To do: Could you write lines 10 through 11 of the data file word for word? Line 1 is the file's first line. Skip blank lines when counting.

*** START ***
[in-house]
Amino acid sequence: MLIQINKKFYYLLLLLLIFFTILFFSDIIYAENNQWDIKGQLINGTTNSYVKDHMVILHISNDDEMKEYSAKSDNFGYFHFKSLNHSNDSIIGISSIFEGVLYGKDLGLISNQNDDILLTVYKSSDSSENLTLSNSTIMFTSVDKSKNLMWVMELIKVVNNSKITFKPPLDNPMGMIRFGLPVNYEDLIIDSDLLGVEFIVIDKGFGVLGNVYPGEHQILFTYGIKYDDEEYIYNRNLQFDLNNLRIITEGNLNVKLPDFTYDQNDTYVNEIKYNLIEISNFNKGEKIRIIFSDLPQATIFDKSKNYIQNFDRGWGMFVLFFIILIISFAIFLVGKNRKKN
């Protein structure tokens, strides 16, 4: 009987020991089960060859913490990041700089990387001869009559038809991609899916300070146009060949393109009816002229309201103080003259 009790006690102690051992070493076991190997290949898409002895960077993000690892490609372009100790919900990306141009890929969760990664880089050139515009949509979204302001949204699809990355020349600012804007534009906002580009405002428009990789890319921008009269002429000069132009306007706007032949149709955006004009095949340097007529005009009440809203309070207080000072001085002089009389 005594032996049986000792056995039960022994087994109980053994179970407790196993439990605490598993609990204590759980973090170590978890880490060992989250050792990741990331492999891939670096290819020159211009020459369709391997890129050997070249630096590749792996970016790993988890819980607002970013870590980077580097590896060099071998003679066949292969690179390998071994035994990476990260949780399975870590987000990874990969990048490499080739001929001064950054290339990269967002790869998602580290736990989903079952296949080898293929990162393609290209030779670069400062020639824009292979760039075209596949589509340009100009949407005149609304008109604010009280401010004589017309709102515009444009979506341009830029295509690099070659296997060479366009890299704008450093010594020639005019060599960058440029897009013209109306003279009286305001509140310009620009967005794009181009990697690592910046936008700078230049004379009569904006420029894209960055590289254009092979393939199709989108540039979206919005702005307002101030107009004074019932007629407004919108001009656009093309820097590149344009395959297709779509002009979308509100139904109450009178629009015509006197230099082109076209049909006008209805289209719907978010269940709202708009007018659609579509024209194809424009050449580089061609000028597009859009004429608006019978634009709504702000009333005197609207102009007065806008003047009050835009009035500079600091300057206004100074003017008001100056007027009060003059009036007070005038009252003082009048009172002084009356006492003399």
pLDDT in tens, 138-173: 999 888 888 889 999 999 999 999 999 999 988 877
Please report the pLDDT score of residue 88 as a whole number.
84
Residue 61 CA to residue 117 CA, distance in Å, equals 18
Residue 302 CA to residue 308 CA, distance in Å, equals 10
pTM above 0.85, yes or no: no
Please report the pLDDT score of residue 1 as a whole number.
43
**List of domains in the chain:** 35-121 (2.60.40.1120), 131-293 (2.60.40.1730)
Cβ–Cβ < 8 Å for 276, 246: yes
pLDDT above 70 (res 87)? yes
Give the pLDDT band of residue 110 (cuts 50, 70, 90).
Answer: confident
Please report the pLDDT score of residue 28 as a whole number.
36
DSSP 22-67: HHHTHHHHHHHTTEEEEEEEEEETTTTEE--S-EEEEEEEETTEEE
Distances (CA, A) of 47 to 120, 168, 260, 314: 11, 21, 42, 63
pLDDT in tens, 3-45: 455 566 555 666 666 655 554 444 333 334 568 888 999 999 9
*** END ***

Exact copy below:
Please report the pLDDT score of residue 1 as a whole number.
43